I’ve never particularly enjoyed character creation in video games. That isn’t to say I didn’t care about it and went with a preset default, because every time a character screen was presented to me, I really attempted to do my due diligence. I just always struggled with making a character that I was satisfied with and ended up with an avatar that I felt mediocre about or indifferent toward.
Until, that is, I played Cyberpunk 2077. My choice to play 2077 is already kind of a fraught one; much work has been done on not only the technical failings of the game, but also its many theoretical and ideological shortcomings, typified by an obvious and rampant transphobia present across a lot of the game’s marketing.
I booted it up and took it for a spin, starting, obviously, with the character creator. And there’s no denying that the creator is, like the rest of the game, pretty darn busted: not on a technical level necessarily, but on an ideological one. The frank depiction of various genitals that includes flop-physics as you click through the wheel of options seems a bit sophomoric, like a middle schooler is giggling behind their hand. Instead of an attempt at diverse and inclusive portrayals of the self, this feels more like a very crude joke that the devs put in to appeal to a highly mythologized form of gamer. But that doesn’t mean it didn’t still, however unintentionally, lead to an experience that was affirming for me in its own strange way.
Before playing Cyberpunk 2077, one thing I absolutely never did was attempt to make a character who looked like me. I’m short and fat, and so the default options for people whose faces looked kind of like mine rarely resembled me from the neck down. Most of my characters ended up looking like someone else, but all, in some ways, flouted traditional standards of attractiveness: My Dovakhin had a giant scar on their face that left them blinded in one eye, my Inquisitor had gigantic ears and a large, pointy nose, and so on and so forth. And sometimes I enjoyed these characters and grew to love them, but I never left the creation screen with anything other than a lukewarm feeling in my stomach.
But that doesn’t mean Cyberpunk 2077 didn’t still, however unintentionally, lead to an experience that was affirming for me in its own strange way.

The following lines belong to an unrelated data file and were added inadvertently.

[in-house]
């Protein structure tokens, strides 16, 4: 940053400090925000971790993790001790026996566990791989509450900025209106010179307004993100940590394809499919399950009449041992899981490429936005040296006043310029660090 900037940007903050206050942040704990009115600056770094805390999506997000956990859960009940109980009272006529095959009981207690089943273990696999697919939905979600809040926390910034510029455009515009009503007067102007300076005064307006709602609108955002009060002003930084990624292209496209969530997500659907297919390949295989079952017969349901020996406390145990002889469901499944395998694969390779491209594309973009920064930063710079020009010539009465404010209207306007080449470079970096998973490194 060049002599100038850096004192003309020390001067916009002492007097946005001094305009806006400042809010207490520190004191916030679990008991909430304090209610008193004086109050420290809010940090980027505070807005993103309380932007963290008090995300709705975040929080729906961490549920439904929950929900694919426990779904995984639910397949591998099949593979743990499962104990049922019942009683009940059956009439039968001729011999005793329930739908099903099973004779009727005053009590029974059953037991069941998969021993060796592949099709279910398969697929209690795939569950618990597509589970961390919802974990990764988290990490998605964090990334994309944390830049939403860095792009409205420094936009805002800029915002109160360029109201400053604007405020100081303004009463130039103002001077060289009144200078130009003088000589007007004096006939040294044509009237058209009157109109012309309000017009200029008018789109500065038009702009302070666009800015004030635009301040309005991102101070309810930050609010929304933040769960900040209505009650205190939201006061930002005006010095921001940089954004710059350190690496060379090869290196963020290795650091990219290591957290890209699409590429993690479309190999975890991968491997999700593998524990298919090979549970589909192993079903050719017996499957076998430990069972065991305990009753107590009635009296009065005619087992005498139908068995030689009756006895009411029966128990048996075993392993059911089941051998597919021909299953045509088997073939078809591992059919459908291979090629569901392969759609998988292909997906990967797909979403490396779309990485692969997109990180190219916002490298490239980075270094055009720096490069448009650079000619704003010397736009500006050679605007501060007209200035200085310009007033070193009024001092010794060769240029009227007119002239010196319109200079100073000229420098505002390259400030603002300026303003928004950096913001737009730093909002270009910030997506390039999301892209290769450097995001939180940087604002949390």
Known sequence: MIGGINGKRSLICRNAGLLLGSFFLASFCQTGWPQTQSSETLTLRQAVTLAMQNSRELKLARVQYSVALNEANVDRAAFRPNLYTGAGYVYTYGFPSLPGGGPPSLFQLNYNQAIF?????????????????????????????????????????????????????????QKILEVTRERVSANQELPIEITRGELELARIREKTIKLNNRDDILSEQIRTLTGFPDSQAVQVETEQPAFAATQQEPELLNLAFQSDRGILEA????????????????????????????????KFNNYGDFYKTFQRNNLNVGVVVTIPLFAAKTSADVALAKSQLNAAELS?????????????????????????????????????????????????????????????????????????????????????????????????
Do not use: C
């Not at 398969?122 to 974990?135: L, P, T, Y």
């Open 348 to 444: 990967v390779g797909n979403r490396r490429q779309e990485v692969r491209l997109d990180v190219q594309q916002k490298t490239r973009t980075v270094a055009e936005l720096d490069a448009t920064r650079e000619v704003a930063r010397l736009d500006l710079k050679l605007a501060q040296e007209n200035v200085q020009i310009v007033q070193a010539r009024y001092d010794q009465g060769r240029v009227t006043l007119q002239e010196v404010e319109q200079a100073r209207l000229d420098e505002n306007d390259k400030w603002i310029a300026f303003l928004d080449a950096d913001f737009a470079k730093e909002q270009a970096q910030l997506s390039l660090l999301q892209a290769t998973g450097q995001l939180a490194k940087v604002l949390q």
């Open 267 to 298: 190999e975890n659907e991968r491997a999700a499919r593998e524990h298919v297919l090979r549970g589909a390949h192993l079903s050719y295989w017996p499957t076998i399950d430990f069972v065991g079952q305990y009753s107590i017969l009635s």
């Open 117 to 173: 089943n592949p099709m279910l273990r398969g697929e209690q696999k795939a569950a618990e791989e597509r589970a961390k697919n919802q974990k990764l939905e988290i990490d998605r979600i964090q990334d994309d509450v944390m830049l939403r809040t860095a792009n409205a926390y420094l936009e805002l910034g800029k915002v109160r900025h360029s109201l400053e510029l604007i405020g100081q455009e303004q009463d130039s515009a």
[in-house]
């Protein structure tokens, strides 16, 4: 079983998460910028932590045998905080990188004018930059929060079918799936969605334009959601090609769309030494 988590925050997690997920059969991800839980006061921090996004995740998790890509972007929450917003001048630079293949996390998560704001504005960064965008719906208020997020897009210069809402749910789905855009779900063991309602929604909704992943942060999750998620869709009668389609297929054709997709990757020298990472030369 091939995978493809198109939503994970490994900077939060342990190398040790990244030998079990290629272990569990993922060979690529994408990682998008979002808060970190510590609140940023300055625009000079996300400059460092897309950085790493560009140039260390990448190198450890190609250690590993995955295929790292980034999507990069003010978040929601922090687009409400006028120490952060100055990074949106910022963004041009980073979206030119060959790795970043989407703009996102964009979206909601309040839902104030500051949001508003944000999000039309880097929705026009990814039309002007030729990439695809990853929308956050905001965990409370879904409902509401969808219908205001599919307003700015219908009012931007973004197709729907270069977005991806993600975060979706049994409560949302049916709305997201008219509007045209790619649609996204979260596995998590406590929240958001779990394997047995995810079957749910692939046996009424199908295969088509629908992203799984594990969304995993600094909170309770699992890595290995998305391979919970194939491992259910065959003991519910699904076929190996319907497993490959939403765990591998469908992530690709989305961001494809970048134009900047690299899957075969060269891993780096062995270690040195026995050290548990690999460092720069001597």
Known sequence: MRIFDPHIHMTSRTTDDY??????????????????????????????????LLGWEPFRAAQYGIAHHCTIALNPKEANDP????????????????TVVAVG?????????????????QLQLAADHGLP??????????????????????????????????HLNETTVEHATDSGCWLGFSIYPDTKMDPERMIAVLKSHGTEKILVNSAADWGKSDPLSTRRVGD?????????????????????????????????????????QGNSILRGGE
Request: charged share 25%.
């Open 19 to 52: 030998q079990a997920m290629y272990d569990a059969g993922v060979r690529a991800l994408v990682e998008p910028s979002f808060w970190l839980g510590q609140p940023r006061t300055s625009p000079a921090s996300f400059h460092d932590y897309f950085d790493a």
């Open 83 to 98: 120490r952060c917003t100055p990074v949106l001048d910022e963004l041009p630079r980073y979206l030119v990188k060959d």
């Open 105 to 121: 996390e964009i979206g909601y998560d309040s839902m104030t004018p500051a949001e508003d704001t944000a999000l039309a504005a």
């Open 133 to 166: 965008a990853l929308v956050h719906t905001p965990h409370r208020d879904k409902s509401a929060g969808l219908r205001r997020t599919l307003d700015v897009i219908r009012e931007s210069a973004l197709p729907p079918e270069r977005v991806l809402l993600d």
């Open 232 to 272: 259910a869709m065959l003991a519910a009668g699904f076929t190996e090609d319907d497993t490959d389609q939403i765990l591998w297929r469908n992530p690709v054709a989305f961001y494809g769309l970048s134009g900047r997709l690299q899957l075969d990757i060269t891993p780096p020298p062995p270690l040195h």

The character creator in 2077 is, to put it mildly, a little goofy with all of its over-the-top cosmetics. But in addition to all of the cyber face implants and pseudo punk aesthetics you can engage with, it’s the first game I’ve ever played that goes beyond a simple “male/female” binary when selecting body type. Instead of checking a column and getting a single set of sexual characteristics you can tweak (tits bigger, waist smaller, etc), the game breaks your character up geographically, asks a set of questions that I hadn’t encountered in a AAA title before, and separates each trait from each other.
So, yes, here I am sort of talking about the seven different penis models you can select for your character, which is, again, silly, but I’m also talking about more than that. Your character can have one of seven penises, or they can have a vulva (the lack of options in terms of the latter is a whole other can of worms, because there’s clearly not a single universal vulva, so it says something about who the developers expected to be playing). Your character can have breasts or no breasts, and the type of genitalia you choose does not impact the ability to also have breasts or the available face models. You have total freedom to construct a character that exists outside of a prescribed set of sex traits, which was something I’d never seen before, even if it is couched in what might be a juvenile laugh about dicks. But what was most significant to me about this character creator is that while it was the first game I’d played to offer explicit genitalia options, it also let me opt-out. There’s a “N/A” option where your character does not display their junk and wears a pair of discreet undies. And this utterly blew my mind.